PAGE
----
Ditching you for strip club is a low-class act
DEAR MISS LONELYHEARTS: I was at my boyfriend’s house last night, having a bonfire and enjoying some bevvies. I had my daughter with me and she was asleep in the house safely. Suddenly a fellow from the group suggested they go to the strip club. My boyfriend said he wanted to go. I don’t have an issue with this, if I can attend as well. He knows I couldn’t go because of my daughter, so I went to bed. He didn’t come home until 3 a.m. Do you think it’s fair for me to be upset about this and to feel completely disrespected? Should I stay or should I go? It’s like, “Fool me once shame on you, fool me twice shame on me,” and I feel like I’ve been fooled one too many times al- ready and my kindness towards him is being taken advantage of. — Sincerely Torn, Winnipeg
Dear Torn: A devoted boyfriend wouldn’t have taken off to the strip club with his friends, abandoning you — a guest at his house. A tougher woman would have raised a fuss and gone home. You can get better treatment from a better grade of boyfriend, but, you have to want a good guy. That’s not the same thing as a boring guy, in or out of bed. So, start honouring the strong feelings you have in your gut of being disrespected and of being played for a sucker, and say goodbye.
You may want to read a book called Why Men Love Bitches by Sherry Argov, which is just a commercial name to get attention. The book teaches women how to stop being a doormat and how to be a strong, standup person. These women don’t put up with disrespect and consciously choose men who appreciate their kindness, instead of seeing that generosity as an invitation to be poorly treated.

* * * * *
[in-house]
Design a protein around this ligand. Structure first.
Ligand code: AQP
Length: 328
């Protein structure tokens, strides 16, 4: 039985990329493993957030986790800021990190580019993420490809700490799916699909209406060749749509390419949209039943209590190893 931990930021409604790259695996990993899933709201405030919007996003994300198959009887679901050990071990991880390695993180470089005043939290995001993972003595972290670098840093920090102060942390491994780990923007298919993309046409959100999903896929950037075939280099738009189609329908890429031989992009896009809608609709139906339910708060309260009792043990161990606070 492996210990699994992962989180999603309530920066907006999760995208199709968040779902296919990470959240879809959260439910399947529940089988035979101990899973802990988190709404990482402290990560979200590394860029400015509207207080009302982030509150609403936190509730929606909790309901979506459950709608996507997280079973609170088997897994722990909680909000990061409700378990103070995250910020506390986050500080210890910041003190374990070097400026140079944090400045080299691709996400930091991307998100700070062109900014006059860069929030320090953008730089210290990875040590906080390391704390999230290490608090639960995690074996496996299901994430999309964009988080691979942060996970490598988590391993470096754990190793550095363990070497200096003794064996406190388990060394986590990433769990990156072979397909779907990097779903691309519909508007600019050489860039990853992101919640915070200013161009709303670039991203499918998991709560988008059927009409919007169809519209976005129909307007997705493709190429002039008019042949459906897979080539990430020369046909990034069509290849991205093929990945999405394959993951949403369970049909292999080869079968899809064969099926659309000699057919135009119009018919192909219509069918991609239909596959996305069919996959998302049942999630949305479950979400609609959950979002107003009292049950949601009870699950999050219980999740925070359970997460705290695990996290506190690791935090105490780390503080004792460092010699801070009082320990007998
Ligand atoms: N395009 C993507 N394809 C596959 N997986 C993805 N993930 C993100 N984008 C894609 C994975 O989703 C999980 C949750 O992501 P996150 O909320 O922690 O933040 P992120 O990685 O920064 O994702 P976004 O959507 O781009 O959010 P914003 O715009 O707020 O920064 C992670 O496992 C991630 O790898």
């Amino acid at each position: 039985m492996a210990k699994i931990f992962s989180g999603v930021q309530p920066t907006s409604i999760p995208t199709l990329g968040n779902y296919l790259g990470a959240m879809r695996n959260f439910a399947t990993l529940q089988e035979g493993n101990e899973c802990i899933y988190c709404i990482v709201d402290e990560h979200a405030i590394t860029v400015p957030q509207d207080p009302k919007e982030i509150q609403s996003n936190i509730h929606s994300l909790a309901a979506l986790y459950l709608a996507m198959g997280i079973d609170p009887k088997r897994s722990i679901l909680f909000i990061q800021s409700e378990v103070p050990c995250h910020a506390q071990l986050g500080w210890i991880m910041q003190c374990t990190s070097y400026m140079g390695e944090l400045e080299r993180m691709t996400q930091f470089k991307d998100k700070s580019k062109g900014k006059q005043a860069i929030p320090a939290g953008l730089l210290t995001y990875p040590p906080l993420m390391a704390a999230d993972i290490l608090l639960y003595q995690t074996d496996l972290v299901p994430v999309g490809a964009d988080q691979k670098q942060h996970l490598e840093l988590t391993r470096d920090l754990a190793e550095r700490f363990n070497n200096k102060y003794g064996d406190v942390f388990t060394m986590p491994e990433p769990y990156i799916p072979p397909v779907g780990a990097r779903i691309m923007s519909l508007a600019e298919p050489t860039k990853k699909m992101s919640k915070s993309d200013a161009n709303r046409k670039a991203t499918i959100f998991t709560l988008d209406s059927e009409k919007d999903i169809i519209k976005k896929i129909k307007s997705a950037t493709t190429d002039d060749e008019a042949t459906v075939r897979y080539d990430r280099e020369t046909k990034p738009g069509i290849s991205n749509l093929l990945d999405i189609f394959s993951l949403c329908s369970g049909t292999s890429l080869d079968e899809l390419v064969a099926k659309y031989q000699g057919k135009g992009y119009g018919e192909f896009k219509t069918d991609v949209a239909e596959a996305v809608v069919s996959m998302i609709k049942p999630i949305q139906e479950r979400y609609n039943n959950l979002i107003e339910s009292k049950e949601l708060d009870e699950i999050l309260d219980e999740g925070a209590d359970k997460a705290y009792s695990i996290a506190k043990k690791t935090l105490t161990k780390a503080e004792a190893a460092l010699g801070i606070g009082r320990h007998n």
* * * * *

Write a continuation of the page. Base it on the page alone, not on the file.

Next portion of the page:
P.S. Your judgment is dangerous in other areas. Why would you leave your daughter in the house with a bunch of guys who were drinking and going off to a strip club, walking in and out of the house for drinks and to use the bathroom? I don’t care how old she is — she needs better care. How would you feel if a babysitter did this?
Dear Miss Lonelyhearts: I’ve been in a long distance relationship with a guy since December 2012. For the first several months, everything was great: we were very affectionate with each other and texted each other all day. I’m guessing this was the “honeymoon phase” where everything is all lovey-dovey for a while. After about six months, that stopped suddenly. I’m not sure why. Just yesterday, I found out he had removed me from his friends list on Facebook and Skype — of course I was very upset because I didn’t know why.
I managed to get hold of him again via Skype, and asked why he’d deleted me. He said he was beginning his army training in two weeks and that he “sucks at saying goodbye.” He didn’t even have the decency to tell me this before he decided to shut me out and that was very cowardly on his part. So I want your opinion on this: Was it really necessary to delete me from his friends lists even though we wouldn’t be talking to each other for a long time? I still have unanswered questions, so should I try to contact him again? — Shut out, Winnipeg
Dear Shut Out: That was lowly worm behaviour. You can’t pretend you haven’t seen it now. Would you advise your best friend to give another chance to someone like this? The “unfriending” without telling you was lily-livered and you should recognize much of what he said to you for the last six months was probably lies. It sounds like you never even met in person, so how could you check out his real-life situation?
What you need is an available guy who lives in the city and can hug you and love your personality and introduce you to family and friends. And, you can freely love him back. You have spent too much time — approximately nine months — chasing an unavailable man who may or may not be joining the army. Even if he were, he could have continued contact. But after the first three months he’d had enough of the texting romance. He may have found someone “real” at his end by then. That’s when you should have let him go. If he would have been a local guy, instead of a long-distance fantasy guy, you’d have known very quickly he was not that into you.